Your browser is out-of-date!

Update your browser to view this website correctly. Update my browser now


Opinion: Why trade shows can and must evolve

#GalsNGear founder Amy DeLouise explains how media technology trade shows can take intentional steps to fully reflect the full diversity of people who are part of our fast-changing industry

Take a look around any trade show floor in the media, entertainment or tech industry and you’ll notice something. Or rather, the lack of something. Women. Especially women of colour. While there are more women in sales and marketing now than in decades past, trade shows in our industry are still something of a “white bro-fest” as a leading technologist I know once dubbed them. “Manels”—all male panels—are still common, despite plenty of women with expertise in a range of technical tools, workflows and case studies.

Why worry?

If we are to be sustainable as a constantly evolving industry, we need our trade shows to reflect the people who design and use the tools we are selling, and consume the content we make. Take software demos. It’s still common for a woman to be at the welcome desk, but for a guy to be running the demo.

Booths selling cameras may still feature a seductively clothed female model draping herself over a chair, “reading” a book, while guys line up to look at her through different lenses. Why should a silent, sexualised woman be the subject of the lens and not hosting the demo? And yet there are literally thousands of women camera operators. (At #GALSNGEAR, we have often brought DP’s and other tech-saavy women to host demos at trade show booths. And thankfully, many of our allies and partners are already doing just that!) 

Where are the women?

One company owner told me “we have trouble finding lady engineers”. (Could that be because women don’t want to work for a company that calls them “lady engineers”?) In fairness, women do get fewer engineering degrees than men. However, women with these skills are not gravitating to our media & entertainment field. According to Pew Research, in 2021, women made up 50 per cent of those employed in STEM jobs in the US. That number is 25 per cent in the UK. Pew’s assessment showed women with STEM degrees are opting into healthcare, rather than computer science or engineering jobs. Women in healthcare are more likely to be promoted, with peers and mentors who are also women. They can see a path to leadership; they belong. We could make that happen in M&E.

Why does It matter?

According to Gallup, the cost of replacing an employee can range from one-half to two times the employee’s annual salary. Investing in retention is a smart business move. Companies can do this by nominating younger and more diverse members of their team to participate in trade show events alongside veterans. Make your case that this is not a marketing budget line item. It is a Human Resources and employee retention investment.

Released at the Grace Hopper Celebration, the world’s largest gathering of women technologists, the Capital One Women in Tech 2019 survey revealed a number of top factors cited by women who reached leadership positions in tech. Retention was driven by “having a sense of purpose at work”, which is why trade shows can make a difference. Because these gatherings foster a shared sense of purpose.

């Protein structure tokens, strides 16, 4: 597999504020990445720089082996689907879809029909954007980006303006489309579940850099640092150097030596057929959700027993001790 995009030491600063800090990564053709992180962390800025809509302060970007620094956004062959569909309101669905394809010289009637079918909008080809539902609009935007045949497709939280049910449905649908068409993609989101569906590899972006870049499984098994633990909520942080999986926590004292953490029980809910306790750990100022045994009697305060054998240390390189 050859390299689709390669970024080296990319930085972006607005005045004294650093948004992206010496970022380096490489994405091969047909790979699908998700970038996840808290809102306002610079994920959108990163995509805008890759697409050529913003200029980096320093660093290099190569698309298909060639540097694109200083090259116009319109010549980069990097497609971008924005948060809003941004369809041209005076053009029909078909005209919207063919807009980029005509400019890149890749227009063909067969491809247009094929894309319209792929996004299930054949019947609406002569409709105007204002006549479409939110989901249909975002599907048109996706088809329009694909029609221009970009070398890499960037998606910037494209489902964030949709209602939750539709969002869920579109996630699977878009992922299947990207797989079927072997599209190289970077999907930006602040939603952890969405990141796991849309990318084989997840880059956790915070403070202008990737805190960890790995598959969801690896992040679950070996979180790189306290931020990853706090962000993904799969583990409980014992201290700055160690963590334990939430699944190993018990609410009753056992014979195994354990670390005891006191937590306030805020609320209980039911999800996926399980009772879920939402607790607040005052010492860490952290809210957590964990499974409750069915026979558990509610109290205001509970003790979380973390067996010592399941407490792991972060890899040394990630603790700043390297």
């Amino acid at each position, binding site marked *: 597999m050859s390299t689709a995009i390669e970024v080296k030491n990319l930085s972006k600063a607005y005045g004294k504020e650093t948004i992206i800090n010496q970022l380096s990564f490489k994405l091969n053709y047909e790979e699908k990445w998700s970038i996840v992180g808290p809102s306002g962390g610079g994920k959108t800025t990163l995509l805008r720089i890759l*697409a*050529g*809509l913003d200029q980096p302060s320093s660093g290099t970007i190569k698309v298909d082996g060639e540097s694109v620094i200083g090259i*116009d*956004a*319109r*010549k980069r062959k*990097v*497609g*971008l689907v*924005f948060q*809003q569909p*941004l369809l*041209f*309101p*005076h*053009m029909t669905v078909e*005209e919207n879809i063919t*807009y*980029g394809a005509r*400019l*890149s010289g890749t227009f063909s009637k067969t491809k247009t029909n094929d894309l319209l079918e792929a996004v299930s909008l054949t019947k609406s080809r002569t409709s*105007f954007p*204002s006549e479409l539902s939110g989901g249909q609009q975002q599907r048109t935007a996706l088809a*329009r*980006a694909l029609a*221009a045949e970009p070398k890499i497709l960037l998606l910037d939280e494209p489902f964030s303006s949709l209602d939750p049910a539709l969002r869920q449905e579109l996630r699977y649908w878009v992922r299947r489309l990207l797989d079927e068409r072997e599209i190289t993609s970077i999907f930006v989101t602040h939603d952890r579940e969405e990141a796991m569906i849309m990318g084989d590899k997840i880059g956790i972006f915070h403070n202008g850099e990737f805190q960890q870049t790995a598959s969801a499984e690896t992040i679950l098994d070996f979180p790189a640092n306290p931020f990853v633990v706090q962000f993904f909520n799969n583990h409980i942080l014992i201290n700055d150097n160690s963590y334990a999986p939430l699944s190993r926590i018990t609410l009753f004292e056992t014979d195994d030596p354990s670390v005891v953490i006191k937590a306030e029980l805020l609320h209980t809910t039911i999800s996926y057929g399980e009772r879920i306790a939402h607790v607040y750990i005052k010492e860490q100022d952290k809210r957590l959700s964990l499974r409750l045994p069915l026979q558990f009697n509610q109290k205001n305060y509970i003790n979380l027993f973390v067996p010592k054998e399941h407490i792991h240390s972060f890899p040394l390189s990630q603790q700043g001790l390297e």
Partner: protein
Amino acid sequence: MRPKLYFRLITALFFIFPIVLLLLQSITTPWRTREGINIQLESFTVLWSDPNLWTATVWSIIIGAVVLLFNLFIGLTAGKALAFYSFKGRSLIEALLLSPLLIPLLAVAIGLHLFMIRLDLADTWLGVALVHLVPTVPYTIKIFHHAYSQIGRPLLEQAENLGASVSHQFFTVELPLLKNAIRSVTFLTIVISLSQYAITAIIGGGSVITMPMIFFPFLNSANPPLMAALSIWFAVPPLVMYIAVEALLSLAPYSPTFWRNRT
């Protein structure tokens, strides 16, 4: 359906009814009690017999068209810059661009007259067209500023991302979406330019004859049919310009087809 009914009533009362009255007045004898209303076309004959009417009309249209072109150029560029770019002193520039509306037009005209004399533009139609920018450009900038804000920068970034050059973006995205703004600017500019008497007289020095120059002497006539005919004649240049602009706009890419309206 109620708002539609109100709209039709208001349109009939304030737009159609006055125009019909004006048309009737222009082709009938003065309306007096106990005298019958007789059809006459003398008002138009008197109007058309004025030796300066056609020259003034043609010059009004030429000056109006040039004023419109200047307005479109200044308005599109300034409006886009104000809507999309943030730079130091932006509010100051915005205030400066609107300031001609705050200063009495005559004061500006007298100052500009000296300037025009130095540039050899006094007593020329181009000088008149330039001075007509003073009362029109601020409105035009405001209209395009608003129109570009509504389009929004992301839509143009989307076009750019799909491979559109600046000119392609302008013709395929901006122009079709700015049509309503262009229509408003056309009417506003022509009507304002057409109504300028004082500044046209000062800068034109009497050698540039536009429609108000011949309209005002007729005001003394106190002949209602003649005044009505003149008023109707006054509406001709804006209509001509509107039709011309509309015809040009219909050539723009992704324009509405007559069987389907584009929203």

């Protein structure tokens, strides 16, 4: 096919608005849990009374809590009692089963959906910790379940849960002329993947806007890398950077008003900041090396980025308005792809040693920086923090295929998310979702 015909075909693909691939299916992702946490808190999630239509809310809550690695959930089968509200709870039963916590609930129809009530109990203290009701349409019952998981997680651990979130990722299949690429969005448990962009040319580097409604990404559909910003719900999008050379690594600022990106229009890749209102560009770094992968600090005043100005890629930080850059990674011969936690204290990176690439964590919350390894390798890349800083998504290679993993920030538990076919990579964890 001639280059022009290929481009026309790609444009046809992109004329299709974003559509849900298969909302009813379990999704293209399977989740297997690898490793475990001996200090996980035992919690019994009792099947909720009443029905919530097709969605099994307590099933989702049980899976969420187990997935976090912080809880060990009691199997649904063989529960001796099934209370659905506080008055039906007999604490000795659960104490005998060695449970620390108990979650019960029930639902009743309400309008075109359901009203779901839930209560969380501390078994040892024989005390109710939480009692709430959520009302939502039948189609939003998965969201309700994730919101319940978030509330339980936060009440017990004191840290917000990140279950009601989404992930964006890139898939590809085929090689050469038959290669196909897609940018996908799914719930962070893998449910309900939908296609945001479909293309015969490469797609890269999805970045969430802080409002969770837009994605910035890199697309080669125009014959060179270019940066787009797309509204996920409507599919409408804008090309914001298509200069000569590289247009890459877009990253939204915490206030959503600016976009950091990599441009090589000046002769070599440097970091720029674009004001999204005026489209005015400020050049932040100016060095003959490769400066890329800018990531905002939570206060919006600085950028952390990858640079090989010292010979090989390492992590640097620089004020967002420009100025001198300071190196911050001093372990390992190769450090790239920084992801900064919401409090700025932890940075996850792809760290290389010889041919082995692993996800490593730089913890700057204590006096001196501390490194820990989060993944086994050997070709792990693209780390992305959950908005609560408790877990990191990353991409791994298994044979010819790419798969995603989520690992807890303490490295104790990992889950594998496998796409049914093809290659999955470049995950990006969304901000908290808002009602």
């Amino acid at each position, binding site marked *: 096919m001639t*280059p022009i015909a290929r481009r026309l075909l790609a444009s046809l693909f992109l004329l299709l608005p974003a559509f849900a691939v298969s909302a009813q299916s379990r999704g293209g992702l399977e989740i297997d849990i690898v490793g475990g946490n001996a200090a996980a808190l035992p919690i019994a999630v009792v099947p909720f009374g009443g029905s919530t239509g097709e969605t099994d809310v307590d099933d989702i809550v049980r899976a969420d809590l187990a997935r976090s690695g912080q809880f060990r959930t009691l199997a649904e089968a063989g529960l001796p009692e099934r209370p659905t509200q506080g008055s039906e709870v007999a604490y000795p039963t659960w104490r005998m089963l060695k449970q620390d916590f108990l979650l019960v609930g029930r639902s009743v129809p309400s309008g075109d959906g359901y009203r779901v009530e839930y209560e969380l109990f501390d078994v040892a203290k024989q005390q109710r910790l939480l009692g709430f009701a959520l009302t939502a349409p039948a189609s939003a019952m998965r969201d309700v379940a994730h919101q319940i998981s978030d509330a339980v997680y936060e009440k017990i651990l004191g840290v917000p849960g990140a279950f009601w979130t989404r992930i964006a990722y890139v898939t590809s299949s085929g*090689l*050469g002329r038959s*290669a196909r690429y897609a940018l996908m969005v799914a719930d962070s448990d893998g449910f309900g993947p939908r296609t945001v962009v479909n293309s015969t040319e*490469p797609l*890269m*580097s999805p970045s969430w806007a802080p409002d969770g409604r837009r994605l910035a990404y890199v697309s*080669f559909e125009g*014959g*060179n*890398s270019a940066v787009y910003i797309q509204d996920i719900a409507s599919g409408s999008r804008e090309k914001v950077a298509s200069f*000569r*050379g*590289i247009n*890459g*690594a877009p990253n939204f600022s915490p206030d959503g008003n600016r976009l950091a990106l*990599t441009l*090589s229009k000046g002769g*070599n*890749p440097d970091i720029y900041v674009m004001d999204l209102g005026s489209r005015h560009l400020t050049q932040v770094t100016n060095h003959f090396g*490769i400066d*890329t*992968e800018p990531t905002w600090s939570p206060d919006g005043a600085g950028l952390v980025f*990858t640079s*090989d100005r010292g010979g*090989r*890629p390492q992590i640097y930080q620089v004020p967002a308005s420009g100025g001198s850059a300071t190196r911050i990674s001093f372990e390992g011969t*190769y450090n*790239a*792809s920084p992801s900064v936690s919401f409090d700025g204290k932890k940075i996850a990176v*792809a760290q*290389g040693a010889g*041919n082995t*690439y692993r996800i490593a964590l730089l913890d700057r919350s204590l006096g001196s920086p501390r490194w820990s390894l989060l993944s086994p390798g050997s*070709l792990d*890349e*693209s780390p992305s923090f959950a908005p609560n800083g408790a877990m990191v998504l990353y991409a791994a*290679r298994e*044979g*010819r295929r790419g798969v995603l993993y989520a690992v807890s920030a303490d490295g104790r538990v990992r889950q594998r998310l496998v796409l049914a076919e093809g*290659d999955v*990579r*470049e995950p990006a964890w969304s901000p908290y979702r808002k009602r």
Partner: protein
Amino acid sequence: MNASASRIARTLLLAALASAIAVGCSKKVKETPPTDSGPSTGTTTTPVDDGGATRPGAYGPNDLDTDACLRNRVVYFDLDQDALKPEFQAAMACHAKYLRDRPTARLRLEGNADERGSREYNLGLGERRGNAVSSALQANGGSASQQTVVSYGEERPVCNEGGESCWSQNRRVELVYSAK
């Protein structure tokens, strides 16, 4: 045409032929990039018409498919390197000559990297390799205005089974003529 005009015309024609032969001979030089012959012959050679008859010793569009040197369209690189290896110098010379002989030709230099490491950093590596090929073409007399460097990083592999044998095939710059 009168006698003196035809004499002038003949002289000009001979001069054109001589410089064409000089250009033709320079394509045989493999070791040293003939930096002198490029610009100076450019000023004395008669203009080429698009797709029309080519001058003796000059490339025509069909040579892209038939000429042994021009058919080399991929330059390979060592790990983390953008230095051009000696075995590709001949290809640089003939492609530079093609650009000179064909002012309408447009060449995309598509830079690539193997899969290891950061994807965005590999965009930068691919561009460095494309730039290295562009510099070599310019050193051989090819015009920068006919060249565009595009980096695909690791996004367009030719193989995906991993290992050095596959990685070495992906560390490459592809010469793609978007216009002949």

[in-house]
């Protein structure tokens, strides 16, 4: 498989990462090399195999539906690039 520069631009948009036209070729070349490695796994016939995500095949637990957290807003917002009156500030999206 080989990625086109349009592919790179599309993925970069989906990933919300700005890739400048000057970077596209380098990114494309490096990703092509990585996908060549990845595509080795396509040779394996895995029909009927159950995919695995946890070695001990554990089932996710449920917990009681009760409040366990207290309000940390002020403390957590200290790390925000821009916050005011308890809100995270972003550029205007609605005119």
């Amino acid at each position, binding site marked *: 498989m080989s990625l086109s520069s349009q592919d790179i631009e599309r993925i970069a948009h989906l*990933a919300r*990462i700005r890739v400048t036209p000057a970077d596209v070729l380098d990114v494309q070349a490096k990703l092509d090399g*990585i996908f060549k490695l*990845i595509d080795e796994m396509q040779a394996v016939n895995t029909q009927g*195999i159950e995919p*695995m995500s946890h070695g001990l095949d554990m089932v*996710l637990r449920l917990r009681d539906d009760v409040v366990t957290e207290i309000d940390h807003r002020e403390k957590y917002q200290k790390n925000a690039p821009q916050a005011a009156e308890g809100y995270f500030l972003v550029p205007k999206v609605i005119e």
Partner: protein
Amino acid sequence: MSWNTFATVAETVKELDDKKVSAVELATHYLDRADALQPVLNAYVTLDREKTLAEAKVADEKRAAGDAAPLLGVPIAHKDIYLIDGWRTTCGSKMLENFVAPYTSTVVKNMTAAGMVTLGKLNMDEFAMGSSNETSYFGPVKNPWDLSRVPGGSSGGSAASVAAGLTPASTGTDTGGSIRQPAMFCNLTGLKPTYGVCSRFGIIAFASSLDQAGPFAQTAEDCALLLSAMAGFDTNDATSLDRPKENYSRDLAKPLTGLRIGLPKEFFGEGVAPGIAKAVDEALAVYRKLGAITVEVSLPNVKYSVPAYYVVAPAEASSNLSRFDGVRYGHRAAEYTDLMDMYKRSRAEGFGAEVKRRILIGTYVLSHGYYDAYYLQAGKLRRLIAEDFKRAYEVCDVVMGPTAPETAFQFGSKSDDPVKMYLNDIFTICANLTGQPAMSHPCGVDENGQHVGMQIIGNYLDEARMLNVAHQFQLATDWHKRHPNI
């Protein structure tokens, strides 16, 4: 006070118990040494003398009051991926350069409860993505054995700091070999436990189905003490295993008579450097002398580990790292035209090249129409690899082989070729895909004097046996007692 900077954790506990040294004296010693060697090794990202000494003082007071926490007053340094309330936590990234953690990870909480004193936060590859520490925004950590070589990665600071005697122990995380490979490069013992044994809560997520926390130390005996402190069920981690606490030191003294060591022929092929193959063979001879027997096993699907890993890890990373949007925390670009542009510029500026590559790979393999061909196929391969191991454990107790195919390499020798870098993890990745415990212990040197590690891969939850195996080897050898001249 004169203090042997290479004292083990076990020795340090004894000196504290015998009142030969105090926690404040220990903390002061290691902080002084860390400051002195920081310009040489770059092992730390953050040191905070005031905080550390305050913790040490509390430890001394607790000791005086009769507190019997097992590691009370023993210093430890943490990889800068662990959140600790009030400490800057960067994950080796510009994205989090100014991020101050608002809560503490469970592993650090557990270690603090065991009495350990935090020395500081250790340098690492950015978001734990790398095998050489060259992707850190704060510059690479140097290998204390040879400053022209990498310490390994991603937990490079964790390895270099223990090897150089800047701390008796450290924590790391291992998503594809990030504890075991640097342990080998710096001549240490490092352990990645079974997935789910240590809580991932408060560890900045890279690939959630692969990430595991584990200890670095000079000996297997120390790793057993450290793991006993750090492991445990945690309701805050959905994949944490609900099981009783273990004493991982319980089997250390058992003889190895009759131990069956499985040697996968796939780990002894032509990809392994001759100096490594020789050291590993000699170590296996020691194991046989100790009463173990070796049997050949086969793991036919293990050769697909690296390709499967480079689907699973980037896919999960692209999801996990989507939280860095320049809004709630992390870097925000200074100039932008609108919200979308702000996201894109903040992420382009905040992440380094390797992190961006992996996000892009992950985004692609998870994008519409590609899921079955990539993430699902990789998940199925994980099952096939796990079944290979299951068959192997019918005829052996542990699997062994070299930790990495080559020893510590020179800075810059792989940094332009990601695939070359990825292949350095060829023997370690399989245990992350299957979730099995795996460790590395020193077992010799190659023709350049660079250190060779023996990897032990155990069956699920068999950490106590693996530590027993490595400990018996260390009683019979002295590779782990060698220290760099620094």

Educational sessions help us to be visible, be recognised, and see how our own work plays a role in the larger industry. And of course, we have a drink with old friends and meet new ones, building key networks for ourselves and our companies. Attendees feel a greater sense of belonging. They see the big picture. They’re more likely to stick to a career path in our industry. And we need them at every level of the career pipeline.

What’s on our trade show checklist?
  1. Trade shows that haven’t already should explicitly ban scantily clothed models and sexualized content on the booth. Most have already done so. 
  2. Attending companies can coach less experienced attendees how to navigate the experience. Introduce them around.  Help them build their networks. Through #GALSNGEAR, we will be bringing a dozen career professionals and students to NAB Show. Most have never attended. More than half are women of colour. At the show, our Women’s Leadership Summit showcases women in media talking about technology and building your leadership brand. We have also brought diverse voices to speak on technical topics to Infocomm, SXSW, and IBC. This is just a small step towards supporting that sense of belonging so vital to our industry’s sustainability.
  3. Conference organisers should not accept all-male panels in their programming, period. Adding a woman “moderator” isn’t the solution. If you’ve been invited to speak on a panel, before accepting, ask for the gender and racial breakdown of your session, and suggest qualified participants who don’t look like you. And yes, this could mean reaching out beyond your usual “I know a guy” networks. #GALSNGEAR and many other women’s organisations are here to help. Since 2016, we have placed more than 350 expert speakers who also happen to be women.

We have a way to go before the trade show floor reflects the full diversity of people who we serve and who will be a part of our fast-changing industry. But by taking intentional steps as individuals and companies, we have the power to make it happen.